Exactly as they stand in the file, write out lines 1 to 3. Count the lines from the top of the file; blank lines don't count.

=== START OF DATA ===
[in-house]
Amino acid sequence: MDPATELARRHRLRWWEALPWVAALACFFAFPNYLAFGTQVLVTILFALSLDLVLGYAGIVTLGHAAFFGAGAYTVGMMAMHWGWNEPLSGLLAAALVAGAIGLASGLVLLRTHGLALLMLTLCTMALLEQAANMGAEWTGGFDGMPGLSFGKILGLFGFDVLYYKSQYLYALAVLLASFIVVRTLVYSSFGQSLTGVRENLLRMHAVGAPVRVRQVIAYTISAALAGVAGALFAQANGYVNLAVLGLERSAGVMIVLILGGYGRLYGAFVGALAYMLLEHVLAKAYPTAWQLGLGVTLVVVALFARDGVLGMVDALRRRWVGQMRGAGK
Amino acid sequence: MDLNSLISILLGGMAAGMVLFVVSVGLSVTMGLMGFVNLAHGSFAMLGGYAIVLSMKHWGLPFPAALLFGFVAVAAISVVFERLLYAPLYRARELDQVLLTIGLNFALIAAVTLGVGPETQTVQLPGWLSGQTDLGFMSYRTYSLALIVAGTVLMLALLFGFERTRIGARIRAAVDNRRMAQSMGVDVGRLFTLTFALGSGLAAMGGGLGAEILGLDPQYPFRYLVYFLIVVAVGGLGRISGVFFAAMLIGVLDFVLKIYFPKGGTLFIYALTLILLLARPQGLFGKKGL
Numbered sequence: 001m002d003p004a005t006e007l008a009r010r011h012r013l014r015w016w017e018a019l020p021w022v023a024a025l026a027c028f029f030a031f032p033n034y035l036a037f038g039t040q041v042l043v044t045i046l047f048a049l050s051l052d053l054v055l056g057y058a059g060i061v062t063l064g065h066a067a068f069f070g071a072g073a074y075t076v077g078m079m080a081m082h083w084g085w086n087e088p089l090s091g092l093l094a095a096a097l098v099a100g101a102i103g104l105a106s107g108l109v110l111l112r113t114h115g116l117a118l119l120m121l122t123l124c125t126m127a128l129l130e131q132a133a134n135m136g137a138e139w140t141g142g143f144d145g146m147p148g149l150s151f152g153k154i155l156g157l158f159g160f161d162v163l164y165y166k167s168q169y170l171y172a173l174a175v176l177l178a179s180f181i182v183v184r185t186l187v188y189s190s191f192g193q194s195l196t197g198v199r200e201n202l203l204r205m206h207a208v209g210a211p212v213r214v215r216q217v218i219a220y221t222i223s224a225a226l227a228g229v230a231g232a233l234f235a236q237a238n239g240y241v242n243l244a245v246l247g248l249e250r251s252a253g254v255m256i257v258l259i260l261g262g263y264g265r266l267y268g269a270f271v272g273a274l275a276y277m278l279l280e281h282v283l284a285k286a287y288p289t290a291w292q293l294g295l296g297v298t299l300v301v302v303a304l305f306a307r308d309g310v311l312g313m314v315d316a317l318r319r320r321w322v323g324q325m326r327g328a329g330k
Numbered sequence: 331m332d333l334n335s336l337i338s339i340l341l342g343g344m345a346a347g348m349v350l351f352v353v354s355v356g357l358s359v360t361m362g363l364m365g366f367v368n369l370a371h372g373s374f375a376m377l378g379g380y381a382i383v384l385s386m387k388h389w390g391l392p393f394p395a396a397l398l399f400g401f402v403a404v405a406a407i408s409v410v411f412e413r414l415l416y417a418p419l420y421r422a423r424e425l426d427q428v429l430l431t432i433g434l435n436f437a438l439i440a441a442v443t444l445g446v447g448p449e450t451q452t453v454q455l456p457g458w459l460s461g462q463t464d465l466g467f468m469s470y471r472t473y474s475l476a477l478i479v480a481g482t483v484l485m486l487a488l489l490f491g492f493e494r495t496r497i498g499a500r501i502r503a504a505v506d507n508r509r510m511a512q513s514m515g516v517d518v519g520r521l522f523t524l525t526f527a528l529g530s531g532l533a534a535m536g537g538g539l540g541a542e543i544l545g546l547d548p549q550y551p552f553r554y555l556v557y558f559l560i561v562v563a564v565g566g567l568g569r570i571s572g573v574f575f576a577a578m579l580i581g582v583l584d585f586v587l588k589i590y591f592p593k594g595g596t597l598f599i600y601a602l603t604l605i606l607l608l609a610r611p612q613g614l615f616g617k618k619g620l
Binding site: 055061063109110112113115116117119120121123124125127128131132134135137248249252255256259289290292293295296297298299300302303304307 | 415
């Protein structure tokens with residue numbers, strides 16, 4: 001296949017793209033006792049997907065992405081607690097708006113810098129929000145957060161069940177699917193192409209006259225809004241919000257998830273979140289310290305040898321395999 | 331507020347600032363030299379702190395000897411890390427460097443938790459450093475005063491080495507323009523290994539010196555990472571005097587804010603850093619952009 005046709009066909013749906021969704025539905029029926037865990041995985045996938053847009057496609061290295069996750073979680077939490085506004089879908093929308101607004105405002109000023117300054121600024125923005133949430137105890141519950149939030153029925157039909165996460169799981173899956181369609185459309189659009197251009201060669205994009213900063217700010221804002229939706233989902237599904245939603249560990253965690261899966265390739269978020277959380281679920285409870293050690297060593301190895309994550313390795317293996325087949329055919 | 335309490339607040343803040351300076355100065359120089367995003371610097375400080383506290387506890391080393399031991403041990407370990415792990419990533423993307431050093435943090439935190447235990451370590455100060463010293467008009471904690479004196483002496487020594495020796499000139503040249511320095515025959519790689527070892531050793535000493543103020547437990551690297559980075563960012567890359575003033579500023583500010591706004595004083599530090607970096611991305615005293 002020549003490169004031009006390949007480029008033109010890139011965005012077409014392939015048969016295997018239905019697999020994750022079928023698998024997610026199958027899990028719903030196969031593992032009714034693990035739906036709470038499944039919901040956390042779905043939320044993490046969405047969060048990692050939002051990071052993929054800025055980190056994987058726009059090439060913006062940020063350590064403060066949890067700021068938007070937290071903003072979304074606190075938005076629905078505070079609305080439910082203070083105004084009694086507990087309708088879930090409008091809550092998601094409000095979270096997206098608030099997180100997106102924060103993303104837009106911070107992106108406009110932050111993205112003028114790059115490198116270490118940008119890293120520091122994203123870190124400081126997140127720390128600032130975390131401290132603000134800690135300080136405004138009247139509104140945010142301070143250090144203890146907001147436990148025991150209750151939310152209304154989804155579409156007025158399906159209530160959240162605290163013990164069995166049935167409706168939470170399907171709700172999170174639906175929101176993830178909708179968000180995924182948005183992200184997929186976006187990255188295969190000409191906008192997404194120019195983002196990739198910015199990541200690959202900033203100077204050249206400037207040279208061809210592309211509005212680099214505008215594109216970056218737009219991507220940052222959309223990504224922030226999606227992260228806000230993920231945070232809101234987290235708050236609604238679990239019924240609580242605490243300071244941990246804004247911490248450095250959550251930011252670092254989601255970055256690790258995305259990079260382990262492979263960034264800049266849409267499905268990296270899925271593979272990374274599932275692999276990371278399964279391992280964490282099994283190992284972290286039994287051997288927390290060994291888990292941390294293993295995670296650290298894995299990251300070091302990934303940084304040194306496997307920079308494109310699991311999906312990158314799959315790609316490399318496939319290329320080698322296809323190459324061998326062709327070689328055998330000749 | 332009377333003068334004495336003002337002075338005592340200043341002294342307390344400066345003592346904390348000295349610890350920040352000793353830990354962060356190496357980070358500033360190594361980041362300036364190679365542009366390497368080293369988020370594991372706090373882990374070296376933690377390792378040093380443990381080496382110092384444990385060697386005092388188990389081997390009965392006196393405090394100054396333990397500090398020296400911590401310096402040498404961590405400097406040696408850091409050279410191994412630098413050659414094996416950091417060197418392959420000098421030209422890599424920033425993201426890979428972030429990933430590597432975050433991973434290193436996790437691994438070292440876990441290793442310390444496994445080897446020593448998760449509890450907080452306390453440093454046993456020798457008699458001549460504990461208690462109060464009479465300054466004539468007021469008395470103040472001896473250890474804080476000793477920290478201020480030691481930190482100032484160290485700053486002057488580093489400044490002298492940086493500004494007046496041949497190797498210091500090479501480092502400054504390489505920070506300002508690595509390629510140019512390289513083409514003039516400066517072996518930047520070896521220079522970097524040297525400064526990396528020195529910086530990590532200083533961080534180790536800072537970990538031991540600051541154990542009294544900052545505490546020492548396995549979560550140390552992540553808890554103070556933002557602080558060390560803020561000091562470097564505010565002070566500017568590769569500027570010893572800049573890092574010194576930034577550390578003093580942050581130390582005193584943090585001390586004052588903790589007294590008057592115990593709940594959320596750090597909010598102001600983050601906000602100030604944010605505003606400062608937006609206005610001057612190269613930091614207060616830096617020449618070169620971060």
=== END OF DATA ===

[in-house]
Amino acid sequence: MDPATELARRHRLRWWEALPWVAALACFFAFPNYLAFGTQVLVTILFALSLDLVLGYAGIVTLGHAAFFGAGAYTVGMMAMHWGWNEPLSGLLAAALVAGAIGLASGLVLLRTHGLALLMLTLCTMALLEQAANMGAEWTGGFDGMPGLSFGKILGLFGFDVLYYKSQYLYALAVLLASFIVVRTLVYSSFGQSLTGVRENLLRMHAVGAPVRVRQVIAYTISAALAGVAGALFAQANGYVNLAVLGLERSAGVMIVLILGGYGRLYGAFVGALAYMLLEHVLAKAYPTAWQLGLGVTLVVVALFARDGVLGMVDALRRRWVGQMRGAGK
Amino acid sequence: MDLNSLISILLGGMAAGMVLFVVSVGLSVTMGLMGFVNLAHGSFAMLGGYAIVLSMKHWGLPFPAALLFGFVAVAAISVVFERLLYAPLYRARELDQVLLTIGLNFALIAAVTLGVGPETQTVQLPGWLSGQTDLGFMSYRTYSLALIVAGTVLMLALLFGFERTRIGARIRAAVDNRRMAQSMGVDVGRLFTLTFALGSGLAAMGGGLGAEILGLDPQYPFRYLVYFLIVVAVGGLGRISGVFFAAMLIGVLDFVLKIYFPKGGTLFIYALTLILLLARPQGLFGKKGL